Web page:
Edge Computing (as traditional cloud computing) has a fairly coarse-
   grained (VM-based) computation-model and is hence typically deploying
   centralized positioning/scheduling though virtual infrastructure
   management (VIM) systems.

   Microservices can be seen as a (light-weight) extension of the cloud
   computing model (application logic in containers and orchestrators
   for resource allocation and other management functions), leveraging
   more light-weight platforms and fine-grained functions.  Compared to
   traditional VM-based systems, microservice platforms typically employ
   a "stateless" approach, where the service/application state is not
   tied to the compute platform, thus achieving fault tolerance with
   respect to compute platform/process failures.

   Application-layer data processing such as Apache Flink [FLINK]
   provide attractive dataflow programming models for event-based stream
   processing and light-weight fault-tolerance mechanisms - however
   systems such as Flink are not designed for dynamic scheduling of
   compute functions.

   Modern distributed applications frameworks such as Ray [RAY], Sparrow
   [SPARROW] or Canary [CANARY] are more flexible in this regard - but
   since they are conceived as application-layer frameworks, their
   scheduling logic can only operate with coarse-granular cost
   information.  For example, application-layer frameworks in general,
   can only infer network performance, anomalies, optimization potential
   indirectly (through observed performance or failure), so most
   scheduling decisions are based on metrics such as platform load.

   Service Function Chaining (SFC, [RFC7665]) is about establishing IP
   tunnels between processing functions that are expected to work on
   packets or flows - for applications such as inspection and
   classification - not for general Computing in the Network purposes.





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2.  Terminology

   We are using the following terms in this memo:

   Program:  a set of computations requested by a user

   Program Instance:  one currently executing instance of a program

   Function:  a specific computation that can be invoked as part of a
      program

   Execution Platform:  a specific host platform that can run function
      code

   Execution Environment:  a class of target environments (execution
      platforms) for function execution, for example, a JVM-based
      execution environment that can run functions represented in JVM
      byte code

3.  Computing in the Network vs Networked Computing vs Packet Processing

   Many applications that might intuitively be characterized as
   "computing in the network" are actually either about connecting
   compute nodes/processes or about IP packet processing in fairly
   traditional ways.

   Here, we try to contrast these existing and wildly successful systems
   (that probably do not require new research) with a more novel
   "computing in the network (COIN)" approach that revisits the function
   split between computing and networking.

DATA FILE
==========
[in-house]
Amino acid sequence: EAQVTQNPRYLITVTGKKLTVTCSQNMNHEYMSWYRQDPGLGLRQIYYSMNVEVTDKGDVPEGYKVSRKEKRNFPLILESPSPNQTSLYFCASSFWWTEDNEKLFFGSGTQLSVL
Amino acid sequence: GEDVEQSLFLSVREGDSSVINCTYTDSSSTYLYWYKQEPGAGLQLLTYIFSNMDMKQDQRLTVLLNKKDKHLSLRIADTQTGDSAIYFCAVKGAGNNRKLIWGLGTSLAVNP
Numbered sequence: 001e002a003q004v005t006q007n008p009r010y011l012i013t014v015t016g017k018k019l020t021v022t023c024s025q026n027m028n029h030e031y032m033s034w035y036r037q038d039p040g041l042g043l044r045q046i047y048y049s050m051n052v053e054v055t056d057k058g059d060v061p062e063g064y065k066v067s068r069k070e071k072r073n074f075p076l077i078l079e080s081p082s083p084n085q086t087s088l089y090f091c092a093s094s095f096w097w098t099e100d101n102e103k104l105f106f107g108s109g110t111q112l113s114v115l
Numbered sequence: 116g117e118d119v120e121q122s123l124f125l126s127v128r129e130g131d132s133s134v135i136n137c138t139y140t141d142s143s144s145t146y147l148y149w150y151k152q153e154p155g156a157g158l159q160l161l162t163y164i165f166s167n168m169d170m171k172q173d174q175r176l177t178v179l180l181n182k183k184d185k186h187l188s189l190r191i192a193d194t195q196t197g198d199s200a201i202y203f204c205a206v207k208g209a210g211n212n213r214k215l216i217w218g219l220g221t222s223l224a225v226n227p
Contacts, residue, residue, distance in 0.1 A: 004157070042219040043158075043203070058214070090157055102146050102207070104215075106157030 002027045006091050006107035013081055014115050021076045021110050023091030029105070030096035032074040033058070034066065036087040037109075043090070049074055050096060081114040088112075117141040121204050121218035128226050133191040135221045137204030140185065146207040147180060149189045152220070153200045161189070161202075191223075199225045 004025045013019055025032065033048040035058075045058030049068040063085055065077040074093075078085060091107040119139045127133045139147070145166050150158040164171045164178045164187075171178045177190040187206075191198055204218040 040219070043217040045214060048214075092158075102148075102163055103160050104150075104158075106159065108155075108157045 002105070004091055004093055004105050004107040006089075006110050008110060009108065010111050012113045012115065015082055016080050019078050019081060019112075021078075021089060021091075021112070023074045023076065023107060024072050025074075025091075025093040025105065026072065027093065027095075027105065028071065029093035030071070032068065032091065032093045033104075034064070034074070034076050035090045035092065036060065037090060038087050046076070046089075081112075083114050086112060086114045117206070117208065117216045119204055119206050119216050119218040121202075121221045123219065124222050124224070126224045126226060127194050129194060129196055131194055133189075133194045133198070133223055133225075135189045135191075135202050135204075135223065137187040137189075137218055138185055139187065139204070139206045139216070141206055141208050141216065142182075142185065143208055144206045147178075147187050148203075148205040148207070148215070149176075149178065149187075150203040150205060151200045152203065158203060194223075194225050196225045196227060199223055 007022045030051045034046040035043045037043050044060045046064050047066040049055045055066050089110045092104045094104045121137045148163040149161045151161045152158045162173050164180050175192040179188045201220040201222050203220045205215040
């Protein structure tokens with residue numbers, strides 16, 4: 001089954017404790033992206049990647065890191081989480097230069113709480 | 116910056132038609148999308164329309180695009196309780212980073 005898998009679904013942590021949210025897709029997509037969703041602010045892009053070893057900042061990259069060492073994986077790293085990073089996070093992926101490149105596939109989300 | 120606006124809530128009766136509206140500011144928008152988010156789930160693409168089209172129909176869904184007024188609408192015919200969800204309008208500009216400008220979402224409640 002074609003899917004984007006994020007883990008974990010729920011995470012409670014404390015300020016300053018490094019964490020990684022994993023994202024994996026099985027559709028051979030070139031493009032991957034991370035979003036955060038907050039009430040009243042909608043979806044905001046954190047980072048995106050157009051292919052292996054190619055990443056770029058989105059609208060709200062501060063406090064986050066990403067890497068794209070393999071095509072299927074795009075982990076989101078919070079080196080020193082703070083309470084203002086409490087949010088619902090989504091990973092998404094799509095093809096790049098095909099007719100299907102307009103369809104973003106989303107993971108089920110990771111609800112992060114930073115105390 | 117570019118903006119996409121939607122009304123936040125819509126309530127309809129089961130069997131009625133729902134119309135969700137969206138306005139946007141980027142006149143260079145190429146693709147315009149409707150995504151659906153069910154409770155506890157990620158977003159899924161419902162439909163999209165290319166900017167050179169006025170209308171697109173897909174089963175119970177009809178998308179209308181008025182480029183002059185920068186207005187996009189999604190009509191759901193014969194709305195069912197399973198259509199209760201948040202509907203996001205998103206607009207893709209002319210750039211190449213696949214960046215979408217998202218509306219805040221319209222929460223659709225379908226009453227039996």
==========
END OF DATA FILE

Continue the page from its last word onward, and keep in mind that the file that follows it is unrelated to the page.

3.1.  Networked Computing

   Networked Computing exists in various facets today (as described in
   the Introduction).  Fundamentally, these systems make use of
   networking to connect compute instances - be it VMs, containers,
   processes or other forms of distributed computing instances.

   There are established frameworks for connecting these instances, from
   general purpose Remote Method/Procedure Invocation to system-specific
   application-layer protocols.  With that, these systems are not
   actually realizing "computing in the network" - they are just using
   the network (and taking connectivity as granted).

   Most of the challenges here are related to compute resource
   allocation, i.e., orchestration methods for instantiating the right
   compute instance on a corresponding platform - for achieving fault
   tolerance, performance optimization and cost reduction.



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   Examples of successful applications of networked computing are
   typical overlay systems such as CDNs.  As overlays they do not need
   to be "in the network" - they are effectively applications.  (Note:
   we sometimes refer to CDN as an "in-network" service because of the
   mental model of HTTP requests that are being directed and potentially
   forwarded by CDN systems.  However, none of this happens "in the
   network" - it is just a successful application of HTTP and underlying
   transport protocols.)

3.2.  Packet Processing

   Packet processing is a function "in the network" - in a sense that
   middleboxes reside in the network as transparent functions that apply
   processing functions (inspection, classification, filtering, load
   management etc.) - mostly _transparent_ to endpoints.  Some middlebox
   functions (TCP split proxies, video optimizers) are more invasive in
   a sense that they do not only operate on IP flows but also try to
   impersonate transport endpoints (or interfere with their behavior).

   Since these systems can have severe impacts on service availability,
   security/privacy, and performance they are typically not very
   _programmable_.

   Active Networking can be characterized as an attempt to offer
   abstractions for programmable packet processing from an "endpoint
   perspective", i.e., by using data packets to specify intended
   behavior in the network with the mentioned security problems.